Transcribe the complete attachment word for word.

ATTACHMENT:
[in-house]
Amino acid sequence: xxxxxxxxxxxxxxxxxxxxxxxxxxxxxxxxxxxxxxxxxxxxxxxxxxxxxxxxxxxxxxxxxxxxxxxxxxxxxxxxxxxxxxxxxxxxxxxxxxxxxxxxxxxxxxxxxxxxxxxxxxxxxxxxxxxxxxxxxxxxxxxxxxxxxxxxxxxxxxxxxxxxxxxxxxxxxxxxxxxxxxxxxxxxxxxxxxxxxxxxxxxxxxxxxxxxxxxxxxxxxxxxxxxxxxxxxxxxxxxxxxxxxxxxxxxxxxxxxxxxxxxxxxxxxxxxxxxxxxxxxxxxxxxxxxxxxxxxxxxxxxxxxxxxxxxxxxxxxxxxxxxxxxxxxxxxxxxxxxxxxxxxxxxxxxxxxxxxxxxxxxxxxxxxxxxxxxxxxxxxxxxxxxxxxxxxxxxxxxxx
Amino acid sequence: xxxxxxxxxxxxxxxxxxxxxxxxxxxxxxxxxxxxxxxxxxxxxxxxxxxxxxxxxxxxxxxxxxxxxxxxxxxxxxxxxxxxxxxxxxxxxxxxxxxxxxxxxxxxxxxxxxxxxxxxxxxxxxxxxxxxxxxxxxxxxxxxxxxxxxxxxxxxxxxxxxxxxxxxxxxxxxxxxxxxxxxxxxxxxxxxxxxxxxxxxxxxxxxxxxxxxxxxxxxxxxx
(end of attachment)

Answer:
[in-house]
Amino acid sequence: xxxxxxxxxxxxxxxxxxxxxxxxxxxxxxxxxxxxxxxxxxxxxxxxxxxxxxxxxxxxxxxxxxxxxxxxxxxxxxxxxxxxxxxxxxxxxxxxxxxxxxxxxxxxxxxxxxxxxxxxxxxxxxxxxxxxxxxxxxxxxxxxxxxxxxxxxxxxxxxxxxxxxxxxxxxxxxxxxxxxxxxxxxxxxxxxxxxxxxxxxxxxxxxxxxxxxxxxxxxxxxxxxxxxxxxxxxxxxxxxxxxxxxxxxxxxxxxxxxxxxxxxxxxxxxxxxxxxxxxxxxxxxxxxxxxxxxxxxxxxxxxxxxxxxxxxxxxxxxxxxxxxxxxxxxxxxxxxxxxxxxxxxxxxxxxxxxxxxxxxxxxxxxxxxxxxxxxxxxxxxxxxxxxxxxxxxxxxxxxx
Amino acid sequence: xxxxxxxxxxxxxxxxxxxxxxxxxxxxxxxxxxxxxxxxxxxxxxxxxxxxxxxxxxxxxxxxxxxxxxxxxxxxxxxxxxxxxxxxxxxxxxxxxxxxxxxxxxxxxxxxxxxxxxxxxxxxxxxxxxxxxxxxxxxxxxxxxxxxxxxxxxxxxxxxxxxxxxxxxxxxxxxxxxxxxxxxxxxxxxxxxxxxxxxxxxxxxxxxxxxxxxxxxxxxxxx